When was the last time you heard a landscape architect say “I don’t do residential. I don’t do suburban. I work in degraded urban spaces.” Signe Nielsen opened her talk entitled “Optimistic Landscapes” for the NYBG Landscape Design Portfolio Series with that opening salvo. Nielsen spoke about 3 projects: Hunts Point Landing, The Lowline and Pier 55. If you have ever gone to the Hunts Point Market; you know it’s hard to navigate, ugly and on first glance has no livable space. […]
Once it was the property of a count who furnished candles to the Vatican; once it was the strategic headquarters of Garibaldi’s last stand against the French; finally it was gifted to the American Academy in Rome by Clara Jessup Heyland in 1909. The Villa Aurelia is large, romantic, diverse, historic and a hop, skip and a jump from AAR. I was lucky enough to go on a garden tour with Alessandra Vinciguerra, Bass Superintendent of Gardens at the American […]
…don’t go the Japanese Cultural Institute to see the Japanese Garden. It was the first garden made by a Japanese architect in Italy. This seemed like a reason to visit the garden. The most interesting aspect of the garden are the olive trees. These were planted as a symbol of friendship between Japan and Italy. We were told on the mandatory garden tour, that the Japanese government is sending a Japanese gardener to restore the garden. At the present time, an […]
Is there a greenhouse in a botanical garden that can claim 2 oval bardiglio marble bathtubs filled with plants came from Queen Christina of Sweden? The Rome Botanical Garden (Orto Botanico di Roma) has that honor. Queen Christina (1632-1689) became Queen at the age of six. She was referred to as the baby queen. Christina learned to ride, hunt and fence; she spoke 7 languages and in 1650 she invited Descartes to Stockholm, because she was interested in physics. She […]
To go or not to go was not the question. It was GO. The Perennial Plant Association Symposium is a different kind of conference. There is an atmosphere of camaraderie and friendliness, that I have not experienced at other meetings. This is the PPA’s unique niche. The schedule of events contains the usual days of talks complemented by exhaustive tours to private gardens; not estate gardens, but the backyard gardens of plant collectors and garden designers. There is a kind […]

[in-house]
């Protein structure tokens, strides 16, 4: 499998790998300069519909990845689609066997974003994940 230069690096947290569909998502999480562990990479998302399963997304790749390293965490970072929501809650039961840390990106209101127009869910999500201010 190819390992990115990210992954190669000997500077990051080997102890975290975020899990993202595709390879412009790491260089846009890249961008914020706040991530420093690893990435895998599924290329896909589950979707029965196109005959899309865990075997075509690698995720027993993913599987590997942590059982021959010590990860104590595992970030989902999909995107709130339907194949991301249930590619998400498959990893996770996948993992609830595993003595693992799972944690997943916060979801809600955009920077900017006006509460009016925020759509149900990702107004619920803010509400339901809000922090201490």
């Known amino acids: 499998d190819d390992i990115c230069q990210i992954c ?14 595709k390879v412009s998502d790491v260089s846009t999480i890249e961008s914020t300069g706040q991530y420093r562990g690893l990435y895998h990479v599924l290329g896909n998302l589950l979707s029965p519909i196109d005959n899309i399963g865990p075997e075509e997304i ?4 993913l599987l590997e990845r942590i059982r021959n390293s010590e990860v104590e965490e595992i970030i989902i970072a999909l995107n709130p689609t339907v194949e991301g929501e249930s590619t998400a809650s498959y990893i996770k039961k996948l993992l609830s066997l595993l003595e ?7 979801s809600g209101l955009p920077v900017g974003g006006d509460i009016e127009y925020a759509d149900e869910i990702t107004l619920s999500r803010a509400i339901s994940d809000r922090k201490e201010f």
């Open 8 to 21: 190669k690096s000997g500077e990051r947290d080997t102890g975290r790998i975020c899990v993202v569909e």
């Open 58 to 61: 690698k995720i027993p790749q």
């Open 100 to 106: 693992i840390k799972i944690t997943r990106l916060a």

Same old same old. Twice a day, I walk up and down the same three blocks on my way to the drug store, grocery store or parking my car. First day back from Iceland, I started reading On Looking: A Walker’s Guide to the Art of Observation by Victoria Horowitz. It was the following sentences on page 3 that made me realize I was sleepwalking. ” In this book, I aimed to knock myself awake. I took that walk “around […]
I’ve looked at clouds from both sides now From up and down and still somehow It’s cloud’s illusions I recall I really don’t know clouds at all. Judy Collins 1969 album “Clouds” In Iceland it feels like the clouds touch your head. There is so much openness and therefore so much sky. Even at the top of the highest waterfall, the clouds appear to meet the water. Clouds have turned into a kind of obsession these past two weeks.
I’ve experienced many different kinds of rifts, splits, breaks, breaches and failings. Rift takes on a new meaning when you viisit Pingvellir National Park (in English pronunced Thingvellir ) Iceland. The most dramatic or possibly the most unique aspect of the park is walking beside the tectonic plates between North America and Eurasia. Being dreadfully deficient when it comes to geology, a free tour by one of the park rangers, was the perfect opportunity to understand the landscape at Pingvellir. […]